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Proceedings Paper

Average depth of blood vessels in skin and lesions deduced by optical fiber spectroscopy
Author(s): Steven L. Jacques; Iyad S. Saidi; Frank K. Tittel
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Paper Abstract

The average depth of blood vessels in a cutaneous site, either normal or diseased, can be specified by a simple rapid noninvasive optical measurement. An optical fiber spectrophotometer delivers white light via optical fibers to a skin site. The light reflected by tissue scattering and successfully collected by optical fibers is carried to a diode array spectrophotometer for spectral analysis. The reflectance spectrum is analyzed to specify the component of the optical density (OD) spectrum which is attributed to the cutaneous blood. Then the ratio of the OD420 nm/OD585 nm provides a quantitative indication of the average depth of the blood in the skin site. The purple light (420 nm) less easily penetrates the skin to sample the cutaneous blood content than does the yellow light (585 nm). The calibration of the measurement was accomplished by Monte Carlo simulations of measurements on skin with a layer of blood at various depths. In a study of 47 neonates, the amount of blood content ranged from 4 - 12 mg hemoglobin/g tissue (equivalent to 0.8 - 2.4% of the skin volume being whole blood), and the average depth of blood ranged from 250 - 425 micrometers .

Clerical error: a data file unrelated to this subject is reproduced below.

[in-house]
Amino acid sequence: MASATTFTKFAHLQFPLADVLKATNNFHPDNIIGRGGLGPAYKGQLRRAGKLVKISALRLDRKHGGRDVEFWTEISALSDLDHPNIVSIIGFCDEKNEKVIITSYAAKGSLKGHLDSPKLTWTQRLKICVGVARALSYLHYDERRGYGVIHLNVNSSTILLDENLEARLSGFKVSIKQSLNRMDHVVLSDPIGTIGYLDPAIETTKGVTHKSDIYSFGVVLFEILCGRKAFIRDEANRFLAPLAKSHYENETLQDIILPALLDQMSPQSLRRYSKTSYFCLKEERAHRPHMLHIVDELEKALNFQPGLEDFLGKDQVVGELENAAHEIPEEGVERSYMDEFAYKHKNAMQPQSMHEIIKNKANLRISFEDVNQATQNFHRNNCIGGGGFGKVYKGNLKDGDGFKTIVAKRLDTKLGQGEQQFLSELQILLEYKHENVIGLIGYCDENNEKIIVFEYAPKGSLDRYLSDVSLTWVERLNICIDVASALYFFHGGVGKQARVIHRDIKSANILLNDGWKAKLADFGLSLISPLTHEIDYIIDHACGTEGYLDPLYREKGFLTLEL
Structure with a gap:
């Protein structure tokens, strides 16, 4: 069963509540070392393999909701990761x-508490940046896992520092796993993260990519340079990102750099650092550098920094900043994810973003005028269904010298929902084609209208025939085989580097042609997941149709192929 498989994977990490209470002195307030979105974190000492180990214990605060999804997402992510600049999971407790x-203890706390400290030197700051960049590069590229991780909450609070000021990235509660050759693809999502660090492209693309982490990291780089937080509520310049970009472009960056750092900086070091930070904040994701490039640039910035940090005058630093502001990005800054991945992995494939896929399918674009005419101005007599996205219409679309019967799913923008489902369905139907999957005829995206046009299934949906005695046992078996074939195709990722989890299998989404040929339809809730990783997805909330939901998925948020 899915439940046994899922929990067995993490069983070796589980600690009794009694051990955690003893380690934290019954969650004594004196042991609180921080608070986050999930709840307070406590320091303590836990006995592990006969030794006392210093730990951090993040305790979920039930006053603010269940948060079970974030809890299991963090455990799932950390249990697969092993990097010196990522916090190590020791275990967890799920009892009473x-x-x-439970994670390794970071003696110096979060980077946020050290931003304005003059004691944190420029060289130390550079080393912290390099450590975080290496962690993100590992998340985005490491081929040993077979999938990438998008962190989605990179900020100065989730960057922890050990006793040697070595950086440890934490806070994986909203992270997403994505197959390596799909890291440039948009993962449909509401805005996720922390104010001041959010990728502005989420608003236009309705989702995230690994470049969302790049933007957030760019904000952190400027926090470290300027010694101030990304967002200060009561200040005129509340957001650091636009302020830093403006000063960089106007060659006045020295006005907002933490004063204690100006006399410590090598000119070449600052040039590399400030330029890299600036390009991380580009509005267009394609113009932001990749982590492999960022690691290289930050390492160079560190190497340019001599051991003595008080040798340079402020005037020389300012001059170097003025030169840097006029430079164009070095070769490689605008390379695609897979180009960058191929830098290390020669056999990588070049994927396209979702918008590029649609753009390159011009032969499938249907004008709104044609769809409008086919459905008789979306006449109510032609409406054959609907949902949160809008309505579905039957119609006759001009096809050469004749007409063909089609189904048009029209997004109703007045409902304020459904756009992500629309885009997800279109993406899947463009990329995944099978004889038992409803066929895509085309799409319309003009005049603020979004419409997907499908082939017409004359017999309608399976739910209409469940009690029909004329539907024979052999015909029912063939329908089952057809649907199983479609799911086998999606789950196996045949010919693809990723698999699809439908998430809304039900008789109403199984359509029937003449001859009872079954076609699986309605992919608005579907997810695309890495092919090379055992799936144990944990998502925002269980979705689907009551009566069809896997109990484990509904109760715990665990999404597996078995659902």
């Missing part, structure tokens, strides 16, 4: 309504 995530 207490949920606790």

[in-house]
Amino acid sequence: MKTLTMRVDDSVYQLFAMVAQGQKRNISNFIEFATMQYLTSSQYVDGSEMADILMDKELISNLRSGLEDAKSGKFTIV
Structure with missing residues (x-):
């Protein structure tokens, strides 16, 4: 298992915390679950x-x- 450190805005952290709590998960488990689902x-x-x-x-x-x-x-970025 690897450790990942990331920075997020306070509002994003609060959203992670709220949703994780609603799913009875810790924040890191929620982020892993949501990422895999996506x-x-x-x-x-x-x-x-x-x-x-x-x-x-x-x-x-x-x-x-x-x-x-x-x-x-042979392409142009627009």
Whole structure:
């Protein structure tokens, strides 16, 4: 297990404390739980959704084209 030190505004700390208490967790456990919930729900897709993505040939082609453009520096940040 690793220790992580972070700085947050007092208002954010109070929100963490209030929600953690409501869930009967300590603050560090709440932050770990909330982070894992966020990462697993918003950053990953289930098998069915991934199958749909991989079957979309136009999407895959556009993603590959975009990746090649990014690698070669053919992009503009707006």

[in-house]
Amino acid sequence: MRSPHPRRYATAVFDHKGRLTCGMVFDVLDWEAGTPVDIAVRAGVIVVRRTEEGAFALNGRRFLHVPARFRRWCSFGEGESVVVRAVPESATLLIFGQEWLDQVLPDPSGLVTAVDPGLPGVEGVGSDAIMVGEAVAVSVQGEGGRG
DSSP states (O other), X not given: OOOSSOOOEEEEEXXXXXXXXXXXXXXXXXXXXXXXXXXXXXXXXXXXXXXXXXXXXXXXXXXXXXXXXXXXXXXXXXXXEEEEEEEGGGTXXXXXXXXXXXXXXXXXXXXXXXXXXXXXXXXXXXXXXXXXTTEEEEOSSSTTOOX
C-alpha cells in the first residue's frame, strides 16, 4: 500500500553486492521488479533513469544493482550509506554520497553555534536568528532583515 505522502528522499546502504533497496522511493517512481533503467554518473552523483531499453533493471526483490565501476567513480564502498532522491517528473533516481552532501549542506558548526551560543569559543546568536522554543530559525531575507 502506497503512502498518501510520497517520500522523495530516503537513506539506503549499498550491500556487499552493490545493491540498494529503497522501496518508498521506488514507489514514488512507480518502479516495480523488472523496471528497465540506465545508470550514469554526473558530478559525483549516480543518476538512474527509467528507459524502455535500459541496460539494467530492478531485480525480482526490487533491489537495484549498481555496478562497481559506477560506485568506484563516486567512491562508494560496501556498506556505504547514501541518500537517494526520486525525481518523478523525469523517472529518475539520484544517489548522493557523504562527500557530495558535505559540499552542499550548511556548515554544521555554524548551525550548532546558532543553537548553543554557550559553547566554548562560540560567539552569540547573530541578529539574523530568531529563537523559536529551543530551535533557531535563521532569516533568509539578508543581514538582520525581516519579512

Paper Details

Date Published: 7 September 1994
PDF: 7 pages
Proc. SPIE 2128, Laser Surgery: Advanced Characterization, Therapeutics, and Systems IV, (7 September 1994); doi: 10.1117/12.184904
Show Author Affiliations
Steven L. Jacques, Univ. of Texas M.D. Anderson Cancer Ctr. and Rice Univ. (United States)
Iyad S. Saidi, Baylor College of Medicine and Rice Univ. (United States)
Frank K. Tittel, Rice Univ. (United States)

Published in SPIE Proceedings Vol. 2128:
Laser Surgery: Advanced Characterization, Therapeutics, and Systems IV
R. Rox Anderson M.D.; R. Rox Anderson M.D., Editor(s)

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